5. How Hard the First Year Was Going to Be
Most aspiring entrepreneurs can’t wait for the day that they can open the doors of their new business; however, 68% of small business owners say that the first year is the hardest (quickbooks.intuit.com’s $10,000 Strong and Growing). When they needed help, they turned to these sources for external guidance during the first year:
- 38% – Online search
- 23% – Friends who are also business owners
- 17% – Formal education or training
- 12% – The Small Business Administration (SBA.gov)
6. Had Written a Better Business Plan
Taking the time to write a good business plan isn’t just an exercise in business ownership. Thinking through each of the components that make up a business plan can help ensure that you have anticipated the challenges you will face in financing, opening, operating, and growing your business. The detail that goes into your plan tells employees, investors, lenders and other interested parties what your dream is and how you plan to get there.
7. Spent More Time and Money on Marketing
Even if a lot of people you know have expressed interest in your startup business concept or how convinced you are that “if you build it, customers will come,” the truth is that many small business owners over-estimate how quickly they can land customers and grow. Don’t wait until your business opens to start investing in marketing and advertising; the sooner you can begin to build brand awareness, the more likely your business is to enjoy a successful grand opening and grow to the point that revenue makes the enterprise sustainable.
Your start up marketing plan might be simple or complex. Here are some of the must-have’s and most commonly used marketing tactics you should plan to deploy from the earliest days of your business (and even before it opens its doors):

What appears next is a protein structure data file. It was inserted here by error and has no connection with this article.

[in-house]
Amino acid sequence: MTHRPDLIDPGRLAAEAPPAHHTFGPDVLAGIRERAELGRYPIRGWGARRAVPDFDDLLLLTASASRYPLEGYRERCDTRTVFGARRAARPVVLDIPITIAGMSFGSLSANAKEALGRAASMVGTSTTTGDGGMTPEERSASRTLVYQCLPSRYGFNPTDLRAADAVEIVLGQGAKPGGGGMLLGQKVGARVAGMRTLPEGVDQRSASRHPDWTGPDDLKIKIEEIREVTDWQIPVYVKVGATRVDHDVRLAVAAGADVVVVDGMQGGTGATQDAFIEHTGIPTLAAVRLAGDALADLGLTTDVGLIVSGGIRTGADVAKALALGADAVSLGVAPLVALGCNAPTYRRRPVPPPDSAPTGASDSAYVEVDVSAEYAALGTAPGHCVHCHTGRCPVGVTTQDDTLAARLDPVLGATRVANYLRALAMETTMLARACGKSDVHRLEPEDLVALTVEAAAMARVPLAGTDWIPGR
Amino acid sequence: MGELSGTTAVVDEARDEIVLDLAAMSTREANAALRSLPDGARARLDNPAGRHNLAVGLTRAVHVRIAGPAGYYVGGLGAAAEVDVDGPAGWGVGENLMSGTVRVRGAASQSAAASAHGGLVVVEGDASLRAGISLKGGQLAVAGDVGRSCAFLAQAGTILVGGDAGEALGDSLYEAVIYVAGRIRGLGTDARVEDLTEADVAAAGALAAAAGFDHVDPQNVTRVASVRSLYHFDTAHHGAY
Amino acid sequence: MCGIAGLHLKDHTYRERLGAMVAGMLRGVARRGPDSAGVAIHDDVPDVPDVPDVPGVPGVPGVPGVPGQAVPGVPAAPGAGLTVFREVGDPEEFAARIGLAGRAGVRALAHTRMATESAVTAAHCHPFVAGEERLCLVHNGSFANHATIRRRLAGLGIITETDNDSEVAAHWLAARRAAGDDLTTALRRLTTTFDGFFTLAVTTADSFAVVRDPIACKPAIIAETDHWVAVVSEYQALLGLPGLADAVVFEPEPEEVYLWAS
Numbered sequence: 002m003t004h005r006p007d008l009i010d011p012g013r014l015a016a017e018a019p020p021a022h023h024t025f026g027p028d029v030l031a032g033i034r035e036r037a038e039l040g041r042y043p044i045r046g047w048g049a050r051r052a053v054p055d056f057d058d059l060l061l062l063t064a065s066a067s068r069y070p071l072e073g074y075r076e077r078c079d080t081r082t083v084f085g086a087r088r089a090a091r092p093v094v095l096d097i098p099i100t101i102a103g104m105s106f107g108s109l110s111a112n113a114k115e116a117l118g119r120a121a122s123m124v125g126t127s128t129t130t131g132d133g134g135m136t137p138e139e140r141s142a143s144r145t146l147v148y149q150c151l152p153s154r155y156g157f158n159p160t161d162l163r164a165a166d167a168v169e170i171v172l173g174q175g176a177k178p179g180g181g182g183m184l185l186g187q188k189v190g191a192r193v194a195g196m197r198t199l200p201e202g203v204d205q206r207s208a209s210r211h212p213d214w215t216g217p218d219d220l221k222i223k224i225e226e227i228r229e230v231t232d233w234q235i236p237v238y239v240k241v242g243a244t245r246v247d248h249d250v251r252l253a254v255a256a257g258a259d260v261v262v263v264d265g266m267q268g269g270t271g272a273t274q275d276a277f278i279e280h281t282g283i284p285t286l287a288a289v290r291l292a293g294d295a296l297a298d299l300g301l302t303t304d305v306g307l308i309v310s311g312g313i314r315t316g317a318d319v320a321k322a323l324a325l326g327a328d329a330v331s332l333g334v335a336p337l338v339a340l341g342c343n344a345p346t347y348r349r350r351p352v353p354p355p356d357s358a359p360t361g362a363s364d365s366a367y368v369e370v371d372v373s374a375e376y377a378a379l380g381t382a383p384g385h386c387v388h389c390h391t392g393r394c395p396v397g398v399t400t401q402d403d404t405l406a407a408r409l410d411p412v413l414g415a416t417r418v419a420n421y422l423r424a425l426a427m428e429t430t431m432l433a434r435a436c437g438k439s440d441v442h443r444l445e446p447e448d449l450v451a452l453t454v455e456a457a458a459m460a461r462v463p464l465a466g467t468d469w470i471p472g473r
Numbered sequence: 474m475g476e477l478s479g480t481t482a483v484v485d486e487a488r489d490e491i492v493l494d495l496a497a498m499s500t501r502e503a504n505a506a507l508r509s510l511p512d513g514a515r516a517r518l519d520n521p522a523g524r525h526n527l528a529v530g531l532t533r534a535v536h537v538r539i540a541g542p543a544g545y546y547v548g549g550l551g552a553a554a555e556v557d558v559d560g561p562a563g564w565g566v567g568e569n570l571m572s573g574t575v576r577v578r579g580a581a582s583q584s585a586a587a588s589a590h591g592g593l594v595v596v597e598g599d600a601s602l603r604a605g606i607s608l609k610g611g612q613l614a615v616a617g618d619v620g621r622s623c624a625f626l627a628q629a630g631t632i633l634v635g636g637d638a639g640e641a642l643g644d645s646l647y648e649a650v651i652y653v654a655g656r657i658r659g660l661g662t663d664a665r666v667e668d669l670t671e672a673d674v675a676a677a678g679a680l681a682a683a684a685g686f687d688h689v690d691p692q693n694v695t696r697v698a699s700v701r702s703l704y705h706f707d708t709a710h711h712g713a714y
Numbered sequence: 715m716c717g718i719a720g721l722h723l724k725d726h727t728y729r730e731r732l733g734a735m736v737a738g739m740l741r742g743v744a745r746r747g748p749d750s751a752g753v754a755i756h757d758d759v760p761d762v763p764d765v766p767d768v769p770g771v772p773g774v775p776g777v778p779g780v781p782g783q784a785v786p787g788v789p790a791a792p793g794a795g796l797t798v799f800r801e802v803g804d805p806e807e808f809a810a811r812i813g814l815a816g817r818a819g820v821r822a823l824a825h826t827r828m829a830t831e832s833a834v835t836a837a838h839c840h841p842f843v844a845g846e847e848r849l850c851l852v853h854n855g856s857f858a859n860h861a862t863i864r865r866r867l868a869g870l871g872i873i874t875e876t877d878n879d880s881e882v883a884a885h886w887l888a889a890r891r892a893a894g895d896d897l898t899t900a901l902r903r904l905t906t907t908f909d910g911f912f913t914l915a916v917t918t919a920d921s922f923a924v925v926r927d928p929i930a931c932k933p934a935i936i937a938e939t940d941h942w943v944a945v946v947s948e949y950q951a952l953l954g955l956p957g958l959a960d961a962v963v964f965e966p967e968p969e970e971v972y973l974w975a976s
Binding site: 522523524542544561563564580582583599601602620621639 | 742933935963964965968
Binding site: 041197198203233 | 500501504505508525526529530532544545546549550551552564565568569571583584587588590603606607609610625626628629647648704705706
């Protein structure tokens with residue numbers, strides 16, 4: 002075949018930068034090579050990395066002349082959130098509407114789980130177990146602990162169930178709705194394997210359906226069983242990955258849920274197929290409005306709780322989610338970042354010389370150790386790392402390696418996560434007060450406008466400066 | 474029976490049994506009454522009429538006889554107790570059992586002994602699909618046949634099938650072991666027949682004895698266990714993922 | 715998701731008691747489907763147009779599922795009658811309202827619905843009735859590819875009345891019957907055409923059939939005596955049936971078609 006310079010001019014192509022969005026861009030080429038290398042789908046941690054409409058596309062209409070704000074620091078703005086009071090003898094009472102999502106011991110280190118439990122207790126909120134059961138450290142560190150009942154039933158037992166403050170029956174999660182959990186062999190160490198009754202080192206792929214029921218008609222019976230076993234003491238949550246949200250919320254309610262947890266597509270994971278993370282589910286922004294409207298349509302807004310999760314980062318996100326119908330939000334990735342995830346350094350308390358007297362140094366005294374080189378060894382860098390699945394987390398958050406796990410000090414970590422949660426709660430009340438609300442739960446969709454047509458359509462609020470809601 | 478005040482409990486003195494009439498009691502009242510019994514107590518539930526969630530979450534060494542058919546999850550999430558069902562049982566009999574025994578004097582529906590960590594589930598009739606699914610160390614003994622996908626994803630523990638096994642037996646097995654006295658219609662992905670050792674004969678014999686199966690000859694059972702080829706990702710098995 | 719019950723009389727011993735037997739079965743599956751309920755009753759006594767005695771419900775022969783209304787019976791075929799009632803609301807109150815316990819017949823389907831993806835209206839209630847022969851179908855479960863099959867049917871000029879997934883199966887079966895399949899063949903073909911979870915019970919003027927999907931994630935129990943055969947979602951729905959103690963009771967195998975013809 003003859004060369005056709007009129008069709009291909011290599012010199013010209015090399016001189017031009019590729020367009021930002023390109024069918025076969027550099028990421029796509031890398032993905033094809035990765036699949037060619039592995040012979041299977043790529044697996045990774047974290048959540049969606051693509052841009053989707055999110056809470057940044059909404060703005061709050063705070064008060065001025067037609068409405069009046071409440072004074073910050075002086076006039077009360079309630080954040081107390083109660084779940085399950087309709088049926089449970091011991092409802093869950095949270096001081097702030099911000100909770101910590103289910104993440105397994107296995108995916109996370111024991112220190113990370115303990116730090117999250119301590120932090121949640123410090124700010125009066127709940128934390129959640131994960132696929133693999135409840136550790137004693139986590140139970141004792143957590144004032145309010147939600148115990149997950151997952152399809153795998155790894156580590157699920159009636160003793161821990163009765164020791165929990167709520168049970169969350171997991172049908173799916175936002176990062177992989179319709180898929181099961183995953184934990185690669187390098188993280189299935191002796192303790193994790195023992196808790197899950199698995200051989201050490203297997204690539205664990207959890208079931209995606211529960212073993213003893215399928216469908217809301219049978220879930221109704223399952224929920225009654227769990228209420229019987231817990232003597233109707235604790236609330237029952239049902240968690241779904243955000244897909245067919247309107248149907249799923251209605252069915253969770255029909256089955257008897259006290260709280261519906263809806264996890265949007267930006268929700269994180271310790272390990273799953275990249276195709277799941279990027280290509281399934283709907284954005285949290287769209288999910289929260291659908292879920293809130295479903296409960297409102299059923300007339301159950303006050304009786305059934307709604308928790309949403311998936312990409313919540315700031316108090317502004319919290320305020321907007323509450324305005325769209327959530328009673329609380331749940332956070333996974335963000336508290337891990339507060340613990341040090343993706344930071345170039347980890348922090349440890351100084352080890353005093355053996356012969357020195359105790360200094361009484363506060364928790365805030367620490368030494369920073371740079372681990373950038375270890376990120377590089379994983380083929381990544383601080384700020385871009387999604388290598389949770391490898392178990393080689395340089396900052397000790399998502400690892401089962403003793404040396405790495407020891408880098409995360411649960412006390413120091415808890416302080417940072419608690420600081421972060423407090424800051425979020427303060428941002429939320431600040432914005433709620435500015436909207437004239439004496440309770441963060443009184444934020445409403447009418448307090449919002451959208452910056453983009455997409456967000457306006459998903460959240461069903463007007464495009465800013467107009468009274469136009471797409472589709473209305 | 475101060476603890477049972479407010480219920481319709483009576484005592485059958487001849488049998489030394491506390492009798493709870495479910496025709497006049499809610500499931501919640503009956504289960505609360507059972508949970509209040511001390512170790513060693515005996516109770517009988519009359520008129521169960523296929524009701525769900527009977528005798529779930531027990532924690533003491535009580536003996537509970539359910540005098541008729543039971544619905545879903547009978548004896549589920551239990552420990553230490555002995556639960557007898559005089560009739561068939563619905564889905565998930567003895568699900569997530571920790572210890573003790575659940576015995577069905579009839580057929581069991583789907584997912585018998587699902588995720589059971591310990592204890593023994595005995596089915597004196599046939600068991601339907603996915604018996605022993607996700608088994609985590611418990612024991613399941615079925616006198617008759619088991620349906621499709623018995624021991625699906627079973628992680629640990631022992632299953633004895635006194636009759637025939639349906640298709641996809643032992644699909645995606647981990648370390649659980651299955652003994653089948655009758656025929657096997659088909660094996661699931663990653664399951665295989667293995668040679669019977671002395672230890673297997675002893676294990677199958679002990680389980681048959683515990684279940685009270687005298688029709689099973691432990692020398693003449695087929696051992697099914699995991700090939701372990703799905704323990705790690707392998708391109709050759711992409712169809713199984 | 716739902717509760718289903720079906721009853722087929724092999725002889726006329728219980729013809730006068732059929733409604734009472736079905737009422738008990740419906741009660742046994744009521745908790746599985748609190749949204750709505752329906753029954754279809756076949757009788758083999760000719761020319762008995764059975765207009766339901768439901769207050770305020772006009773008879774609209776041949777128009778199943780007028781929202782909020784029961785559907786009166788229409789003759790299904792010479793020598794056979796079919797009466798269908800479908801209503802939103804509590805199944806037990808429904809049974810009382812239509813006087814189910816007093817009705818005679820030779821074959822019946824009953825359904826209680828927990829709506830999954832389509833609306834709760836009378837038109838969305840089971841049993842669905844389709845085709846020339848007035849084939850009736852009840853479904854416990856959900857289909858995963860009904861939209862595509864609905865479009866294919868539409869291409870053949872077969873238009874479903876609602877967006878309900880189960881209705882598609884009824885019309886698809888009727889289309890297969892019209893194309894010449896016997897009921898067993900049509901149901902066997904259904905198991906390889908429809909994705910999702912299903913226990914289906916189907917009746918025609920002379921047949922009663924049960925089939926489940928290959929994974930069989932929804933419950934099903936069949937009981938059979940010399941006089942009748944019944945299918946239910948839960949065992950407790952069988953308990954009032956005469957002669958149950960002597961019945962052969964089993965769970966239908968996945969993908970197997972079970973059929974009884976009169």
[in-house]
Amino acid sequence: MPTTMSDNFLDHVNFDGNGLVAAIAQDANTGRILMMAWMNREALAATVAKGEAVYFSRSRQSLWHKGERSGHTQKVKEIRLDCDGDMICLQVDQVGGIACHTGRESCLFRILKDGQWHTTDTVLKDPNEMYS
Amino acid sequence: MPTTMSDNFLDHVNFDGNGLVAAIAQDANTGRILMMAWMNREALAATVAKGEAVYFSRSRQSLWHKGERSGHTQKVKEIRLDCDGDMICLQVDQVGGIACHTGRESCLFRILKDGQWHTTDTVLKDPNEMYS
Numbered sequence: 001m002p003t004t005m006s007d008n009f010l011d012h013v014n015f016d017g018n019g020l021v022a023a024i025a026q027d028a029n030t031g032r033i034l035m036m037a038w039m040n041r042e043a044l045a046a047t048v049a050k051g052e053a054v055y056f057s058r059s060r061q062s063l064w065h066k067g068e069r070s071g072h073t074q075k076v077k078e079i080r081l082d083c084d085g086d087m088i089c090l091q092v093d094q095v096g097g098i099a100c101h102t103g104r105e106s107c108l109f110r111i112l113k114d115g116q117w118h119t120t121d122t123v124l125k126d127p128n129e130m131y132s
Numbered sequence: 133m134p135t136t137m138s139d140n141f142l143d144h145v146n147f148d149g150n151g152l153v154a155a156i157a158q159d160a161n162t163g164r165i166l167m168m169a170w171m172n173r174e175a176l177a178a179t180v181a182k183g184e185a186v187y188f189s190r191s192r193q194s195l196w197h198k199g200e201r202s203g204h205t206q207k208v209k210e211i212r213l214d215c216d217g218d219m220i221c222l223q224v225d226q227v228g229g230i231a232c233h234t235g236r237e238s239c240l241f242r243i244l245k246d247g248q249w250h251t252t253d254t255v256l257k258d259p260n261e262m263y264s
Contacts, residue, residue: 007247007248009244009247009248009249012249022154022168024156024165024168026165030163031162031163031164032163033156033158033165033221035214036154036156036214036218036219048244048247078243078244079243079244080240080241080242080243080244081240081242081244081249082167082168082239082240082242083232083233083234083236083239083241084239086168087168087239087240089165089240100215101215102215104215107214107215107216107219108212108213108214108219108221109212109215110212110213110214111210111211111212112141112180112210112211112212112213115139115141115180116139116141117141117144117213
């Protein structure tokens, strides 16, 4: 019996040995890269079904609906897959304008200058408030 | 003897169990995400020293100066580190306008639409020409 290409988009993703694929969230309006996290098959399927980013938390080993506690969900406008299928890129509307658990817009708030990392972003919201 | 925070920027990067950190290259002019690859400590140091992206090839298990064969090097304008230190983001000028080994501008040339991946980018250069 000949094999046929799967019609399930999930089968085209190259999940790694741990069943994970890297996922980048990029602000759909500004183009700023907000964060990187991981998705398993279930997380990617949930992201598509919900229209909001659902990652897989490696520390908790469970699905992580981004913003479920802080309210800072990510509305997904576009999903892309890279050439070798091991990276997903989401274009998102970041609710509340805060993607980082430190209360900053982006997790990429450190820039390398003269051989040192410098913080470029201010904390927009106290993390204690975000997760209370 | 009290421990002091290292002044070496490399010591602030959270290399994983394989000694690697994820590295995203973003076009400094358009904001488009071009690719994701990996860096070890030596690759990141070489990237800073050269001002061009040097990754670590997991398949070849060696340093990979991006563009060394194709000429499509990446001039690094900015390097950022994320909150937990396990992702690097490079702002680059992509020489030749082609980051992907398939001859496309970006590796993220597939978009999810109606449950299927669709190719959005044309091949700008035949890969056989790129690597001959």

- A vision statement (what your business will look like when it’s all grown up)
- A mission statement (how you’ll make the vision a reality, often references customer types, employee culture and organizational values)
- Market research that demonstrates demand for your business – can also help you refine your offerings so they align with market place demand
- Identify target markets and ideal buyer types (or buyer personas)
- Identification of direct and indirect competitors – competitive analysis
- Differentiation – positioning of your business vs. competitors
- Marketing strategy and tactics
- Strategies; e.g.: find and attract likely buyers, produce repeat sales, increase retention, develop customer loyalty, produce referrals, etc.
- Tactics; e.g.: website, blog, email, direct mail, flyers, events, trade shows, social media, sales pros, customer service, loyalty program details, webinars, seminars, whitepapers, coupons, sales, etc.
- A marketing budget – it should never be “zero” because at a minimum your business must have a web domain, website, and probably business cards, flyers and other startup supplies
- Goals, measures and reporting
8. Had Found a Mentor
Half of all small business owners said they wish they had found a mentor who could advise them during the pre-launch and early days of running their business. Check out our article about how you can improve your small business by setting up your own small business advisory board, which can act as your personal business “Dear Abby,” giving you people who you can turn to with questions and problems during the early days of running your startup.
9. Knew When to Say Yes and When to Say No
Many small business owners wish they had more management and leadership experience. They would have known better when to say “No” in refusing outside work or being distracted from their core business products and services to pursue tangents. Others say they would have delegated more to employees, worked harder to make sure that employees felt like they were an important part of the team, and trusted staff to get work done without feeling like they had to micromanage every aspect of their startup business.
10. Didn’t Try So Hard to Be Perfect
There’s a saying in business that goes, “You win some, you learn some.” All failures are not fatal and making mistakes can be an important part of the process for new business owners. Not only can mistakes reveal how to do better, sometimes mistakes can even reveal opportunities you might have otherwise missed. Sometimes it’s about the journey, not the destination. Take the advice of what small business owners wish they knew before they started their business to heart and use their experience to become better prepared for your own business launch.